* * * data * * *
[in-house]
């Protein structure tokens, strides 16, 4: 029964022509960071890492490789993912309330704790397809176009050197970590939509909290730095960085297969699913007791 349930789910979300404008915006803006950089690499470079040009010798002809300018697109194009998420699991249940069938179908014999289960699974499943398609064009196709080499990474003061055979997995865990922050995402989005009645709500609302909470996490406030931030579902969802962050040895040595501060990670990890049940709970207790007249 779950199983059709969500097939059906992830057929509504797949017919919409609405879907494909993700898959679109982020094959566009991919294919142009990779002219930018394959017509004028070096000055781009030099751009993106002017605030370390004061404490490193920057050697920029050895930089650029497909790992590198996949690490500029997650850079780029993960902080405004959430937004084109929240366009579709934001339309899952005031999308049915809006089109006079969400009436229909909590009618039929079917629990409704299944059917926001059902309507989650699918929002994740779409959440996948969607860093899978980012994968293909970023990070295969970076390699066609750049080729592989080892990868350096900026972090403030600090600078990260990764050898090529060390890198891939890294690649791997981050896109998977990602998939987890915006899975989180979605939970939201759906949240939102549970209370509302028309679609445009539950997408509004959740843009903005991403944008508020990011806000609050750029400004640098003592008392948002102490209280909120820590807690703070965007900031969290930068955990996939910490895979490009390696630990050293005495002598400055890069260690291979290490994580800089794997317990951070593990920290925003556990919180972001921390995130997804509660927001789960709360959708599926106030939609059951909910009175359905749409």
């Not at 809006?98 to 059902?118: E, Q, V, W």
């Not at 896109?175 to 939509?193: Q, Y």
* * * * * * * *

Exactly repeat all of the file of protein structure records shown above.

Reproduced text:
[in-house]
């Protein structure tokens, strides 16, 4: 029964022509960071890492490789993912309330704790397809176009050197970590939509909290730095960085297969699913007791 349930789910979300404008915006803006950089690499470079040009010798002809300018697109194009998420699991249940069938179908014999289960699974499943398609064009196709080499990474003061055979997995865990922050995402989005009645709500609302909470996490406030931030579902969802962050040895040595501060990670990890049940709970207790007249 779950199983059709969500097939059906992830057929509504797949017919919409609405879907494909993700898959679109982020094959566009991919294919142009990779002219930018394959017509004028070096000055781009030099751009993106002017605030370390004061404490490193920057050697920029050895930089650029497909790992590198996949690490500029997650850079780029993960902080405004959430937004084109929240366009579709934001339309899952005031999308049915809006089109006079969400009436229909909590009618039929079917629990409704299944059917926001059902309507989650699918929002994740779409959440996948969607860093899978980012994968293909970023990070295969970076390699066609750049080729592989080892990868350096900026972090403030600090600078990260990764050898090529060390890198891939890294690649791997981050896109998977990602998939987890915006899975989180979605939970939201759906949240939102549970209370509302028309679609445009539950997408509004959740843009903005991403944008508020990011806000609050750029400004640098003592008392948002102490209280909120820590807690703070965007900031969290930068955990996939910490895979490009390696630990050293005495002598400055890069260690291979290490994580800089794997317990951070593990920290925003556990919180972001921390995130997804509660927001789960709360959708599926106030939609059951909910009175359905749409």
């Not at 809006?98 to 059902?118: E, Q, V, W």
């Not at 896109?175 to 939509?193: Q, Y």